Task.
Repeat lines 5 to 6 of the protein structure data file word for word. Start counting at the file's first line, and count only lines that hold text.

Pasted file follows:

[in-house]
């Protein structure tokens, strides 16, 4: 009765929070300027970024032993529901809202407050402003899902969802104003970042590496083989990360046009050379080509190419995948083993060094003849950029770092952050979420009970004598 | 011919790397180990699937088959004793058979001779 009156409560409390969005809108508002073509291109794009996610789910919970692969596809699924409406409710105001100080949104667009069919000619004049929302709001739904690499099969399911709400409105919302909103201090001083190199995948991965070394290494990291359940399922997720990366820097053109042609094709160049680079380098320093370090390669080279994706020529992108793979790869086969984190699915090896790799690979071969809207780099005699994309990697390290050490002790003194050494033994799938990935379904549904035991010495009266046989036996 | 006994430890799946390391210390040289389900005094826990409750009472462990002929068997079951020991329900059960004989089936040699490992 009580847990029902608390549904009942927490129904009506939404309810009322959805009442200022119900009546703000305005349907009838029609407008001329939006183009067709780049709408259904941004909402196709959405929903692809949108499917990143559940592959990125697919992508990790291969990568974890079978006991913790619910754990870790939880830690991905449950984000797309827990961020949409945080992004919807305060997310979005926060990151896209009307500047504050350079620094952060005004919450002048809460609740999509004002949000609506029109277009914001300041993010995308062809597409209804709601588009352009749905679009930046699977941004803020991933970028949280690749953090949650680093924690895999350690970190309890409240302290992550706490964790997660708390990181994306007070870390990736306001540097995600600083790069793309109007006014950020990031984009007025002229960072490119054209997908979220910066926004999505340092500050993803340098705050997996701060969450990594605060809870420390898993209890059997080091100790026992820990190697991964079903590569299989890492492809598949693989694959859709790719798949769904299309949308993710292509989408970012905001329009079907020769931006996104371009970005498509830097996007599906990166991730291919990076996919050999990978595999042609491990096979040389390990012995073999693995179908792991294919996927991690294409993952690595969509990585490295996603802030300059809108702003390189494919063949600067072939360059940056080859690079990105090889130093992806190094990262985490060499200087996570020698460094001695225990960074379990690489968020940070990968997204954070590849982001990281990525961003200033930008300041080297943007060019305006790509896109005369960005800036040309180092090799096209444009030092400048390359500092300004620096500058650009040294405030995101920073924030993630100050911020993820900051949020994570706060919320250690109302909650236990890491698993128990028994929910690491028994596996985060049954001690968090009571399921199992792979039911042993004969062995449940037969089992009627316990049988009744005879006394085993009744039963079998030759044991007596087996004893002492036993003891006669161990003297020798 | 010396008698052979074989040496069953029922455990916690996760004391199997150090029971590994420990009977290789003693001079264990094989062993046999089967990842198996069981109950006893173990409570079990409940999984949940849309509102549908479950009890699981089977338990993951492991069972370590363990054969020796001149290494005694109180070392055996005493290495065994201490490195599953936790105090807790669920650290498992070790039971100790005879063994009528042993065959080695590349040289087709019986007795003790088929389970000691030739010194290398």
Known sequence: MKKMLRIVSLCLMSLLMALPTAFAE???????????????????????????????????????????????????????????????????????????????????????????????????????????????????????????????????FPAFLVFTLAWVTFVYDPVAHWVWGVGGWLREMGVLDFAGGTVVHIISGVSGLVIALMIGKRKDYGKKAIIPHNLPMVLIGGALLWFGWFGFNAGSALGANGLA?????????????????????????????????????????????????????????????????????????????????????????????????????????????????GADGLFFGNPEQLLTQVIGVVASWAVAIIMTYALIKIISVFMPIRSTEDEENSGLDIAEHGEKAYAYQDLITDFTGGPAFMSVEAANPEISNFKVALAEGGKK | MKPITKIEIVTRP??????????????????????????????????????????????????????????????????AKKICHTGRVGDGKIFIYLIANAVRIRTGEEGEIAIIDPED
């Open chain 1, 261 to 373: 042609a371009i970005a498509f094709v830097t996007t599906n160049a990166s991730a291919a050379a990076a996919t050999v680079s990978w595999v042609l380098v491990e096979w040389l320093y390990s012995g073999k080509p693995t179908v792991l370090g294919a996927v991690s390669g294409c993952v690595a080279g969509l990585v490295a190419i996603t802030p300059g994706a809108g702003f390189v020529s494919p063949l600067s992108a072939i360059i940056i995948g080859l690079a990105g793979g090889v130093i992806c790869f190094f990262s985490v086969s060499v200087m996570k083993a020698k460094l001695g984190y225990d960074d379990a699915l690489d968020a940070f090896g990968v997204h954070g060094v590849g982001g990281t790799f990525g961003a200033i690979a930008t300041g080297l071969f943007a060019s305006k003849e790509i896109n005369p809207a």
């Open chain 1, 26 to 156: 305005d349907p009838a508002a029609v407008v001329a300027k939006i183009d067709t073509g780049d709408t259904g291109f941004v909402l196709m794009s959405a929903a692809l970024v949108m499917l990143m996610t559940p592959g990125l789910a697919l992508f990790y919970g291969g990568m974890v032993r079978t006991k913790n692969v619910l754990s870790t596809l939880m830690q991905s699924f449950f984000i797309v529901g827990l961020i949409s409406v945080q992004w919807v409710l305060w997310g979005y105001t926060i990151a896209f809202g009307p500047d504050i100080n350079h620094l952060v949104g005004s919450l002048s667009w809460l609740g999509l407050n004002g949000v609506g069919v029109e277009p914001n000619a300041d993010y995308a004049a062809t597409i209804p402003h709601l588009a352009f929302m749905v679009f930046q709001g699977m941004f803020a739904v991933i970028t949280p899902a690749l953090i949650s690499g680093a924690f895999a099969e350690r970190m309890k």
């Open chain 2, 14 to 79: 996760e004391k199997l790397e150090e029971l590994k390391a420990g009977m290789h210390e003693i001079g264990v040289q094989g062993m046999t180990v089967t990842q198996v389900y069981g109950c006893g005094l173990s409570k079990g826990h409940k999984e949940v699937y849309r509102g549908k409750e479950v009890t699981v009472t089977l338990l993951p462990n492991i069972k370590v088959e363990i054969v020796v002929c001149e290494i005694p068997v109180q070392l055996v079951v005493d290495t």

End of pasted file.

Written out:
């Open chain 1, 26 to 156: 305005d349907p009838a508002a029609v407008v001329a300027k939006i183009d067709t073509g780049d709408t259904g291109f941004v909402l196709m794009s959405a929903a692809l970024v949108m499917l990143m996610t559940p592959g990125l789910a697919l992508f990790y919970g291969g990568m974890v032993r079978t006991k913790n692969v619910l754990s870790t596809l939880m830690q991905s699924f449950f984000i797309v529901g827990l961020i949409s409406v945080q992004w919807v409710l305060w997310g979005y105001t926060i990151a896209f809202g009307p500047d504050i100080n350079h620094l952060v949104g005004s919450l002048s667009w809460l609740g999509l407050n004002g949000v609506g069919v029109e277009p914001n000619a300041d993010y995308a004049a062809t597409i209804p402003h709601l588009a352009f929302m749905v679009f930046q709001g699977m941004f803020a739904v991933i970028t949280p899902a690749l953090i949650s690499g680093a924690f895999a099969e350690r970190m309890k």
């Open chain 2, 14 to 79: 996760e004391k199997l790397e150090e029971l590994k390391a420990g009977m290789h210390e003693i001079g264990v040289q094989g062993m046999t180990v089967t990842q198996v389900y069981g109950c006893g005094l173990s409570k079990g826990h409940k999984e949940v699937y849309r509102g549908k409750e479950v009890t699981v009472t089977l338990l993951p462990n492991i069972k370590v088959e363990i054969v020796v002929c001149e290494i005694p068997v109180q070392l055996v079951v005493d290495t």